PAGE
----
Due to Syria’s alliance with Iran and Hezbollah – a bloc known as the “Resistance Axis” – the uprising in Syria quickly assumed geopolitical overtones. The insurrection in Syria afforded the GCC a chance to undercut Iranian influence in the Middle East. In this regard, the resort to sectarian vitriol by the Sunni-led monarchies and affiliated clergy emphasizing the Shi’a pedigree of the Islamic Republic and the prominent Alawite face of the Ba’athist regime was calibrated to stir up religious tensions between Sunni and Shi’a believers. The provision of support for radical Islamist movements, especially ultraconservative Salafist groups, has been central to the foreign policy of Saudi Arabia and fellow Gulf Cooperation Council (GCC) members. Consequently, the positions of Saudi Arabia and Qatar are often portrayed interchangeably when it comes to their shared goal of toppling the Ba’athist regime. Their fellow GCC allies, particularly the Sunni-led monarchies representing the United Arab Emirates (UAE), Kuwait and Bahrain, as well as wealthy private donors, religious associations and ordinary individuals, have likewise provided extensive moral, financial and logistical support to the political and armed factions struggling against the Ba’athist regime (al-Monitor, July 2; The National [Abu Dhabi], February 3). Saudi Arabia in particular saw the uprising in Syria as an opportunity to undermine the Hezbollah-led March 8 coalition in Lebanon while strengthening the March 14 coalition headed by the Sunni-led Future Movement.

August 04 2013

Back to the Future for US Policy In Egypt and Syria - Vali Nasr

Back to the Future for US Policy In Egypt and Syria - Vali Nasr

The logic of Western insouciance and Arab support for the Egyptian coup is at odds with international support for the Syrian opposition, and now it looks as if it is Egypt, not Syria, that will define regional as well as international postures toward Syria.

In Egypt, Saudi Arabia stands with the military, but in Syria with the opposition. Saudi investment in Egypt now exceeds its commitment to Syria, and in Egypt, containing the Brotherhood is what matters. That imperative will trump the Saudis’ penchant for undoing Assad and diminishing Iran’s presence in the Levant. With Assad gone, Syria is likely to be ruled by the Brotherhood, and then Riyadh would face the same quandary it faced in Egypt. With the dye cast in Cairo, and the Brotherhood now an enemy of Riyadh, the Saudi position on Syria is bound to shift away from bringing down Assad to preventing the rise of the Brotherhood.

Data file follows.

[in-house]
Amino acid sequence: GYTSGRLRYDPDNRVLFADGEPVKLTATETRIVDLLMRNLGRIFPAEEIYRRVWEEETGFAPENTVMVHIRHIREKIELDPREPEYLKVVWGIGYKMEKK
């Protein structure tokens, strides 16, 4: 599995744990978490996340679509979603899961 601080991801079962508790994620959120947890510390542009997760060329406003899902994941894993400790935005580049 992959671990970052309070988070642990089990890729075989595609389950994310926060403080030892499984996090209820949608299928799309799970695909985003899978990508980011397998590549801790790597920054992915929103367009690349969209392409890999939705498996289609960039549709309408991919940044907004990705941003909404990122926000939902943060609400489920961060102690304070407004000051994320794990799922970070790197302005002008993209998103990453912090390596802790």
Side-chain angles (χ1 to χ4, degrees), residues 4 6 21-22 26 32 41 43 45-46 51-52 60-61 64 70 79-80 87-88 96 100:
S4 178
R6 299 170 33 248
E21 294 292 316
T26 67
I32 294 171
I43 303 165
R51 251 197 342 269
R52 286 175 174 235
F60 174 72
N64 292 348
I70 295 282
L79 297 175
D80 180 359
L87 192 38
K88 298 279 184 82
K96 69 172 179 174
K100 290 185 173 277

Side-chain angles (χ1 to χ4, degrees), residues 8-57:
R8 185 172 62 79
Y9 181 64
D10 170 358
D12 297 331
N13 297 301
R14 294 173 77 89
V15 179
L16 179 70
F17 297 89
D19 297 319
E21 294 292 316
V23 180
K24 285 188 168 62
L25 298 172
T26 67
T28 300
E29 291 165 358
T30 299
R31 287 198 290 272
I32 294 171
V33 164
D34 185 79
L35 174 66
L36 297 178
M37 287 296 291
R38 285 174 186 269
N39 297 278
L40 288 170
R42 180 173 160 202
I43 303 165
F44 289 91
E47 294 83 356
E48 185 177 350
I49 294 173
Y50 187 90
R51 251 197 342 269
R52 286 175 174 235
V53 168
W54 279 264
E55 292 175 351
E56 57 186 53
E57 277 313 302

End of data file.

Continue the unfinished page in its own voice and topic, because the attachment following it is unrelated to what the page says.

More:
The same change in outlook is palpable in Washington. Despite President Barack Obama’s rhetoric, the United States has been more concerned with terrorism than democracy in the Middle East and does not think Islamists can or will contend with extremists in their midst. That has long been Moscow’s worry.

Je ne suis pas du tout d’accord avec cette analyse de Vasr, qui se base sur l’idée que « the containment of Islamism strategy » serait un objectif authentique des États-Unis – alors que je pense évidemment l’exact contraire –, mais je référence parce que je pense que ce genre de calculs motive de nombreux comportements dans la région et dans le monde.

July 29 2013

Exclusive : How Saudi Arabia picked leader of the Syrian exile opposition

Exclusive: How Saudi Arabia picked leader of the Syrian exile opposition

This is what has not been reported about how Saudi Arabia picked the leader of the Syrian National Coalition, with the full support of the (fake) progressive boy of Bandar, Michel Kilu.  Ahmad Al-Jarba, the tribal polygamist who was unknown in opposition circles inside and outside Syria, was picked purely because he is related by marriage to Saudi King Abdullah.  The Saudi King is currently married to two sisters from Al-Jarba family: Tadi and Malika Al-Jarba (his other two wives are from the Sha’lan and the Muhanna families.)  Enjoy your Syrian polygamist “revolution”.